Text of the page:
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MLC Laser Sizing Dual Mode Cutting

IP.com Disclosure Number: IPCOM000045211D
Original Publication Date: 1983-Feb-01
Included in the Prior Art Database: 2005-Feb-06
Document File: 3 page(s) / 42K

Publishing Venue

IBM

Related People

Chiaiese, VC: AUTHOR [+2]

Abstract

A CO(2) circulating gas laser, rated at 1.2 kW, continuously discharging infrared laser radiation at a wavelength of 10.6 Mum, is used, is used to cut multilayer "unfired" ceramic substrates. The laser beam has a diameter of 0.0254 cm (0.010 in.) and is stationary. The laminate, mounted on a vacuum chuck assembly, is indexed under the laser beam at table speeds of 101.6 - 317.5 cm (40 - 125 in.) per minute. The required substrate tolerances are +0.0051 cm (0.002 in.) for X,Y dimensions and +/- 0.0076 cm (0.003 in.) for feature to edge centrality.

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MLC Laser Sizing Dual Mode Cutting

A CO(2) circulating gas laser, rated at 1.2 kW, continuously discharging infrared laser radiation at a wavelength of 10.6 Mum, is used, is used to cut multilayer "unfired" ceramic substrates. The laser beam has a diameter of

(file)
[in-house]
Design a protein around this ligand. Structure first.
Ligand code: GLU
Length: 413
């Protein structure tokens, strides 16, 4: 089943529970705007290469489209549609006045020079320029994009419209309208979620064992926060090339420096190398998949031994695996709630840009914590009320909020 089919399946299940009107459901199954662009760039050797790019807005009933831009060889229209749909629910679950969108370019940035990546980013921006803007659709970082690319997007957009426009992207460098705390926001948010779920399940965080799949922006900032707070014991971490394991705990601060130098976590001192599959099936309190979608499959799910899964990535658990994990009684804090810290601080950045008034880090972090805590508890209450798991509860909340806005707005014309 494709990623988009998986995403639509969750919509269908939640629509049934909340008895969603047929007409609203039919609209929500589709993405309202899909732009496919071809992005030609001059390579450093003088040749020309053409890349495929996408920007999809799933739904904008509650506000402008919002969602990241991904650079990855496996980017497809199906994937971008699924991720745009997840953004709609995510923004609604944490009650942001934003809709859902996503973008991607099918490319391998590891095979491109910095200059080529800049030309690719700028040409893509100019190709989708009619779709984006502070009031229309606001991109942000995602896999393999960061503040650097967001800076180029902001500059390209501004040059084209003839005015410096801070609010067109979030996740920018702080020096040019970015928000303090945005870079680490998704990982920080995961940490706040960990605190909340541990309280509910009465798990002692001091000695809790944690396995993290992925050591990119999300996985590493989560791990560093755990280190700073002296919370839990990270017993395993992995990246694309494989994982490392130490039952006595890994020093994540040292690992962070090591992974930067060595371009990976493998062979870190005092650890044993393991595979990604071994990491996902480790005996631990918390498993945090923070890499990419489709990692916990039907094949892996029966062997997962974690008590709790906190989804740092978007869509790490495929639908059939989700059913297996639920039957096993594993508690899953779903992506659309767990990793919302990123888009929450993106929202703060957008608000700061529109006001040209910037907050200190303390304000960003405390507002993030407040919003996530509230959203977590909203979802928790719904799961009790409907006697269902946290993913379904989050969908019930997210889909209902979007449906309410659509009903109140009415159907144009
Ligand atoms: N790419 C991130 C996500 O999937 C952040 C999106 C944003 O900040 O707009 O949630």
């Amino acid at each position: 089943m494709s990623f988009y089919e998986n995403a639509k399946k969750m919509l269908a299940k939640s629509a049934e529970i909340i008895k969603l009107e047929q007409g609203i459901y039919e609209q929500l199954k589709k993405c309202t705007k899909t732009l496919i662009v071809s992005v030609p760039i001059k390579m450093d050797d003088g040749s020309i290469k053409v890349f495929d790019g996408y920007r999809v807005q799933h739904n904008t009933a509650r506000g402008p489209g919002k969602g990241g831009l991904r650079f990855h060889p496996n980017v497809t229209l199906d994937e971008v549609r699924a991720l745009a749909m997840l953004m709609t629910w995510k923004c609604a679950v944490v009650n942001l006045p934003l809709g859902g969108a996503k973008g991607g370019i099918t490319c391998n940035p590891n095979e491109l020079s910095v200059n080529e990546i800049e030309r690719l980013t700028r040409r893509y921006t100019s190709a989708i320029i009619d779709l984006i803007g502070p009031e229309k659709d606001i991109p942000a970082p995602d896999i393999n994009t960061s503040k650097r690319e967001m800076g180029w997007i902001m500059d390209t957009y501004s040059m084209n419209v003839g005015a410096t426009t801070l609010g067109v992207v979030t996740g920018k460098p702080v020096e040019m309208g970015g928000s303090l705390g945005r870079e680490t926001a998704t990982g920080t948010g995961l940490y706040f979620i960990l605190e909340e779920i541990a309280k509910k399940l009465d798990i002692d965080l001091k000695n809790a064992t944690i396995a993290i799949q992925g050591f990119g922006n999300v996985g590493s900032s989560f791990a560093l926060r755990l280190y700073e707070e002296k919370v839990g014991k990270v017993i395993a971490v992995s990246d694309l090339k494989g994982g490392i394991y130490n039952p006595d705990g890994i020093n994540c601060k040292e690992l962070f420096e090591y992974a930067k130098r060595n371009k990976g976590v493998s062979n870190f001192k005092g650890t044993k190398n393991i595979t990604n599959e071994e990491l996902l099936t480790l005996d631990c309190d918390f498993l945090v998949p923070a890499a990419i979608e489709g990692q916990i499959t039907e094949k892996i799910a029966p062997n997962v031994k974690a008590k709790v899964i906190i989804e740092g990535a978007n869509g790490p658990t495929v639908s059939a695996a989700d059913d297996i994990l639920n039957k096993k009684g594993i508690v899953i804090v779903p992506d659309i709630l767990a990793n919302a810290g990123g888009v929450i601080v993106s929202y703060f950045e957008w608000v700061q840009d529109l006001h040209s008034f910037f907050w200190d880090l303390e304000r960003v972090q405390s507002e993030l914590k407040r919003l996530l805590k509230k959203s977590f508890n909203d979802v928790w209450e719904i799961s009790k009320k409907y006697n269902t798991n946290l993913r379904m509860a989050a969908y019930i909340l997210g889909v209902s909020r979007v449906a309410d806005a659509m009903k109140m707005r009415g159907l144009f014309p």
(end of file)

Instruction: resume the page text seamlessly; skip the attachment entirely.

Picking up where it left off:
0.0254 cm (0.010 in.) and is stationary. The laminate, mounted on a vacuum chuck assembly, is indexed under the laser beam at table speeds of 101.6 - 317.5 cm (40 - 125 in.) per minute. The required substrate tolerances are +0.0051 cm (0.002 in.) for X,Y dimensions and +/- 0.0076 cm (0.003 in.) for feature to edge centrality.

Various laser cutting techniques have achieved qualities of cut edge profile and surface texture that are comparable to flat, vertical edges.

This proposed technique eliminates the undesirable cut characteristics unique to a laser cutting unfired MLC (multilayer ceramic) laminates.

Fig. 1 illustrates the undesirable cut conditions of nub and flare.

A nub is a protrusion at the top of the cut that is basically created by material that has been undercut by the laser beam and a hot region of vapors and particles.

A flare is created (only on the corners of the substrates) at the bottom of the cut where the laser beam exits from the confinement of the laminate material into the open air (Figs. 1 and 2).

The following additional concepts of laser cutting are illustrated in Figs. 3 and


4.

When the laser beam is cutting into the laminate, it is enclosed on three sides (270 degrees) by the laminate material (Fig. 3). This containment creates a hot region that is blown dow...